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Transitional Justice Commission report reveals martial law-era spy network details

KMT government kept tabs on 'criminal activities' with network of 30,000 informants

Transitional Justice Commission logo. (Facebook, Transitional Justice Commission)

Transitional Justice Commission logo. (Facebook, Transitional Justice Commission)

TAIPEI (Taiwan News) — The Ministry of Justice's Investigation Bureau deployed more than 30,000 spies across Taiwan in the 1980s, according to a National Taiwan University report commissioned by the Transitional Justice Commission (TJC).

Titled "Study on campus and societal surveillance in the period of authoritarianism," the report was conducted by the TJC between July 2019 and March 2021. It pointed out the Kuomintang (KMT) government monitored countless citizens and organizations extensively to keep track of ongoing security issues and criminal activities.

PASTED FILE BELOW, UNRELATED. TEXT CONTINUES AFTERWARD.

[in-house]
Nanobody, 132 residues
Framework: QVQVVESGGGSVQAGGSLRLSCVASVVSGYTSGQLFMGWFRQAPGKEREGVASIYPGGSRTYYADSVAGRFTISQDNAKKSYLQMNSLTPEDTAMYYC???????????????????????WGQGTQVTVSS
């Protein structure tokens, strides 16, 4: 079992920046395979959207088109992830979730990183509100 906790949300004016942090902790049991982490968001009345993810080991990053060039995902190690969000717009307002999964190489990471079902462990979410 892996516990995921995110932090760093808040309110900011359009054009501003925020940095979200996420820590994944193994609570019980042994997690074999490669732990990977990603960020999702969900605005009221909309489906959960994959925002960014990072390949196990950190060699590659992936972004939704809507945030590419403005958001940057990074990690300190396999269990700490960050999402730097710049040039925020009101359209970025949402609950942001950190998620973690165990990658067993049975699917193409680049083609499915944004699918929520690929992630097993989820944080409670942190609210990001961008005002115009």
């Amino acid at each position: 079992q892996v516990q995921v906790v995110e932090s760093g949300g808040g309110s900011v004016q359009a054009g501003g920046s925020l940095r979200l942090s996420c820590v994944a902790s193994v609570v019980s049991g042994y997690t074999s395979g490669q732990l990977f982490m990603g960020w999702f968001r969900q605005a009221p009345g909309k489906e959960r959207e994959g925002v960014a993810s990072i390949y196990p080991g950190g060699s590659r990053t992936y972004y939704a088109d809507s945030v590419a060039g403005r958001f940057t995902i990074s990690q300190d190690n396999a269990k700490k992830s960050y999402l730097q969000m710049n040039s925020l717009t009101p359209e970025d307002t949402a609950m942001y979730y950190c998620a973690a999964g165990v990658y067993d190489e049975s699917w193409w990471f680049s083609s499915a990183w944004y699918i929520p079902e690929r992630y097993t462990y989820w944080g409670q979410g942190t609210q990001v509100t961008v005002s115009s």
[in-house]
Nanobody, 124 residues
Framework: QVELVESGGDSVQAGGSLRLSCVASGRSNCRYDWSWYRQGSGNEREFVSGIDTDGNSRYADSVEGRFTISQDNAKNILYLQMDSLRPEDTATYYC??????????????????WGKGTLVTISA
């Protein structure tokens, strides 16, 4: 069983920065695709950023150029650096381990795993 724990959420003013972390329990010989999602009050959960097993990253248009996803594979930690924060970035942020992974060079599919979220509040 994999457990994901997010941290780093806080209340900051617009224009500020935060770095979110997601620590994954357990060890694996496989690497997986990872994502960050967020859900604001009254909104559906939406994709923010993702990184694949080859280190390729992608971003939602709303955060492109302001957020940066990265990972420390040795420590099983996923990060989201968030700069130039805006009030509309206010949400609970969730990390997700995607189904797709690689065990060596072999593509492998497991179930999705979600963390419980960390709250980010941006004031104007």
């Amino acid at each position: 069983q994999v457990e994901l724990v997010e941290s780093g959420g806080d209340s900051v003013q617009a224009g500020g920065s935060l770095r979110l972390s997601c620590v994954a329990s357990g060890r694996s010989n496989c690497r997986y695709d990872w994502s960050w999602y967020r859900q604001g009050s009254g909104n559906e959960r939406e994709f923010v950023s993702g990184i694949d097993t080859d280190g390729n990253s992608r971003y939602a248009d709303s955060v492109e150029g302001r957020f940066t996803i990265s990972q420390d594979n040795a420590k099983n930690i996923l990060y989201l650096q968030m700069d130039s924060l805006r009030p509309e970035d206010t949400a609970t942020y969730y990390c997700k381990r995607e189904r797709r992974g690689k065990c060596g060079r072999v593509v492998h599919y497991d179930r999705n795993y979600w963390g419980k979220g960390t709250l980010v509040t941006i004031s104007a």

According to a 1981 Investigation Bureau work manual, out of 30,000 informants, 40% were evenly distributed around Taiwan’s administrative districts, while 60% were deployed at all levels of the nation’s social structure.

The report also revealed that student associations and religious groups were often infiltrated and members would be recruited as informants. These spies would usually liaise with government agents and receive instructions from the Investigation Bureau via local offices.

The Investigation Bureau also established a second spy network by deploying about 1,000 spies at colleges and universities across the nation.

Updated : 2021-12-07 12:21 GMT+08:00